New York Author’s Book Posits Addiction is a Learning Disorder
Maia Szalavitz, author and journalist, has recently published a book about substance abuse with an approach not entirely adopted by modern science – that addiction is a learning disorder, and our brains aren’t really “broken”. And yes, we can relearn to be sober.
Szalavitz is no stranger to addiction herself. In the 1980’s. she was addicted to heroin and cocaine. She has been writing about substance abuse for 30 years now, and her book, entitled “Unbroken Brain: A Revolutionary New Way of Understanding Addiction” speculates that addiction is not a disease, per say, or even a moral weakness. Instead, she proposes that it is a learning disorder.
She believes that the road to addiction depends on whether the user “learns” that the substance can alleviate some of the negative feelings they are experiencing. These feelings often consist of anxiety, depression, pain, or other mental illnesses which commonly coexist with addiction.
She states that she herself never had an addictive personality. Instead, she says that anxiety was the cause of her addiction. Szalavitz wrote:
“Fundamentally, the idea of a general addictive personality is a myth.”
Szalavitz also contends that support, including loving relationships, is actually the key to maintaining sobriety, because learning is more effectively facilitated in a supportive environment.
While Szalavitz got sober using with the assistance of a 12-step program, she isn’t terribly fond of the model, particularly when used in context with the criminal justice system. Indeed, as many as half of the clients in these programs are forced into treatment by the courts. Still others are coerced by family, friends, or employers.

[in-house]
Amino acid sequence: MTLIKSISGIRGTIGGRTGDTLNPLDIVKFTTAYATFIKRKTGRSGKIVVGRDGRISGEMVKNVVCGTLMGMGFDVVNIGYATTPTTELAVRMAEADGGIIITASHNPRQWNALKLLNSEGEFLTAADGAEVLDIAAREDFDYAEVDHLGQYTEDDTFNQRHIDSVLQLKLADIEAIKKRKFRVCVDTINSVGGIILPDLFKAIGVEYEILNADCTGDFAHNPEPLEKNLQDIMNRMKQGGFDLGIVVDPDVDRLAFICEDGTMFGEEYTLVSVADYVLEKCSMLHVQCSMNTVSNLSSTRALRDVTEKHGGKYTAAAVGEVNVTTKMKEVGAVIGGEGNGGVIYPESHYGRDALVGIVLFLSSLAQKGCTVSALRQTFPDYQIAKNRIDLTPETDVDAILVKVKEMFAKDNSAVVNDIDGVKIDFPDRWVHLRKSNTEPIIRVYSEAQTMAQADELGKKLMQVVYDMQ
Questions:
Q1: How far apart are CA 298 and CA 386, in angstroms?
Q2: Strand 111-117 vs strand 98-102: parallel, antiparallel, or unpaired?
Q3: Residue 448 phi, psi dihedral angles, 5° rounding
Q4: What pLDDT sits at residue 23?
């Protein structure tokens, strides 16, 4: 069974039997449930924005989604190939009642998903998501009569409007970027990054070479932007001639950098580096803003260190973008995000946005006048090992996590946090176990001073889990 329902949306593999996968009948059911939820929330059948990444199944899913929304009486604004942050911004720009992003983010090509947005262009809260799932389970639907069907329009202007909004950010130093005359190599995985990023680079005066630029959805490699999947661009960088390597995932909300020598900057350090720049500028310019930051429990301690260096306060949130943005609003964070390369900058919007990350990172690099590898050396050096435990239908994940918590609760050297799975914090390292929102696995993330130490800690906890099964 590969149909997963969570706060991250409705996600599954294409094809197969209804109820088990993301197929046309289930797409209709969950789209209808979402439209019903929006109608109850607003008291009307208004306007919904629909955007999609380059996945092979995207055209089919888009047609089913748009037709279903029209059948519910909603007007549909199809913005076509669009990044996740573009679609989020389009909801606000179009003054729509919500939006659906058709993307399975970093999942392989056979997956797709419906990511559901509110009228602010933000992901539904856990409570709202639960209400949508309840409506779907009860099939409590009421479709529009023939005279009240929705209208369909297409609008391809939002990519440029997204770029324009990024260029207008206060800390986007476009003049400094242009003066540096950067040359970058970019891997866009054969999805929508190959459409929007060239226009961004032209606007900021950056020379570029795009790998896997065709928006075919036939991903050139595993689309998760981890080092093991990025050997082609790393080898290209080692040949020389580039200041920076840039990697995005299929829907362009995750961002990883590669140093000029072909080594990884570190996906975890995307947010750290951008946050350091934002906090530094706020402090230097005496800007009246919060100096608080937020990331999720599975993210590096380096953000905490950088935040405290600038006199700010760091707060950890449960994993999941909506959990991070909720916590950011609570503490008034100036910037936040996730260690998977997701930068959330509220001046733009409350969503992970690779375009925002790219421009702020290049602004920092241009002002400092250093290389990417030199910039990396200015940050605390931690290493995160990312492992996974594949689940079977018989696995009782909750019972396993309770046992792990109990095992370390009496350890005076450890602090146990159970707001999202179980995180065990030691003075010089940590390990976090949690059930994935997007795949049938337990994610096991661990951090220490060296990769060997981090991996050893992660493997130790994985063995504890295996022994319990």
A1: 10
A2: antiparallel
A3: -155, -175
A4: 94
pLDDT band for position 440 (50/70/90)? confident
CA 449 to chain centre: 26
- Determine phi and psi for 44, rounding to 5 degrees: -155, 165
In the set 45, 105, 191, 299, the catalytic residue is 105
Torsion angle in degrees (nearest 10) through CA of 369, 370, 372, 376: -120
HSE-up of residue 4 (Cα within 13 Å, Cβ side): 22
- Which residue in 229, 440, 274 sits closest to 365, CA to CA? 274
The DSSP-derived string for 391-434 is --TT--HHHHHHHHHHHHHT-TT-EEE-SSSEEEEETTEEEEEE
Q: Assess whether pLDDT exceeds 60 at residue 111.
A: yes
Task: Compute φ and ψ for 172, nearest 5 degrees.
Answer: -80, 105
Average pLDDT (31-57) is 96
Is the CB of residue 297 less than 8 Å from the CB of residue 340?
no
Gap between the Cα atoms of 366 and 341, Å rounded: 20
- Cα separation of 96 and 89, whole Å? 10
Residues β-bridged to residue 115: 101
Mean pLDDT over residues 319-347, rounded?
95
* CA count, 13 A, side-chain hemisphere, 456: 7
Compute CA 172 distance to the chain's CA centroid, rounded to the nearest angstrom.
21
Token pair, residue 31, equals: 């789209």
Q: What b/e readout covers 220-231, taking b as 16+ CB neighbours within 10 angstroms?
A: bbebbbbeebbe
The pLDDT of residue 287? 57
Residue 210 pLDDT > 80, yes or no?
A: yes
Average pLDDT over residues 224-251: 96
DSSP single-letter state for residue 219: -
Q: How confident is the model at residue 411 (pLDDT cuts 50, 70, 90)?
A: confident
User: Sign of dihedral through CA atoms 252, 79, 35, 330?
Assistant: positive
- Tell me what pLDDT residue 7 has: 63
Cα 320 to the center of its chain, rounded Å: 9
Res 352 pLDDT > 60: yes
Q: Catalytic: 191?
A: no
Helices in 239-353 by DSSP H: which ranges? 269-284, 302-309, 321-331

And yet, Szalavitz states that those compelled to enter these programs are less likely to get sober than if they opt for treatment on their own. She cites that learning is driven by more intrinsic motivation that by outside stimuli such as rewards and punishment. However, others might say this is somewhat contrary to classical conditioning.
She continues to state that she would like parents and the juvenile justice system to reconsider an automatic referral into rehab for youth. And truly, not everyone who commits a low-level drug or alcohol offense is an addict. Some people grow out of this behavior, and over-treating it can have more negative consequences – such as exposing less experienced teens to more hardened drug users in group rehabs.
Moreover, she purports that substance abuse exists on a spectrum – this implies that any persons’s personal substance use typically falls somewhere between two polar opposites – namely abstinence and addiction.
On a related note, she also contends that many of the stereotypes that coincide with addiction – such as irresponsible behavior, impulsivity, and hypersexuality – are all commonly attributed to people of color, and have therefore contributed to the war on drugs and mass incarceration of minorities.
Admittedly, I haven’t read the book, but I think some of her ideas are interesting and not at all without merit. I’m not sure her theory of addiction as a learning disorder aligns with classical conditioning (i.e. we learn by reward and punishment.) But the question is, are those reactions to reward and punishment enhanced by intrinsic motivation? Probably, that’s why I think she has a point.
Personally, I view addiction as a product of nature vs. nurture. And if you believe that a mental illness is a disease, I’m not sure you can count out addiction, either. But I do like her resounding theory “addiction is compulsive behavior despite negative consequences”.
~ G. Nathalee Serrels, M.A., Psychology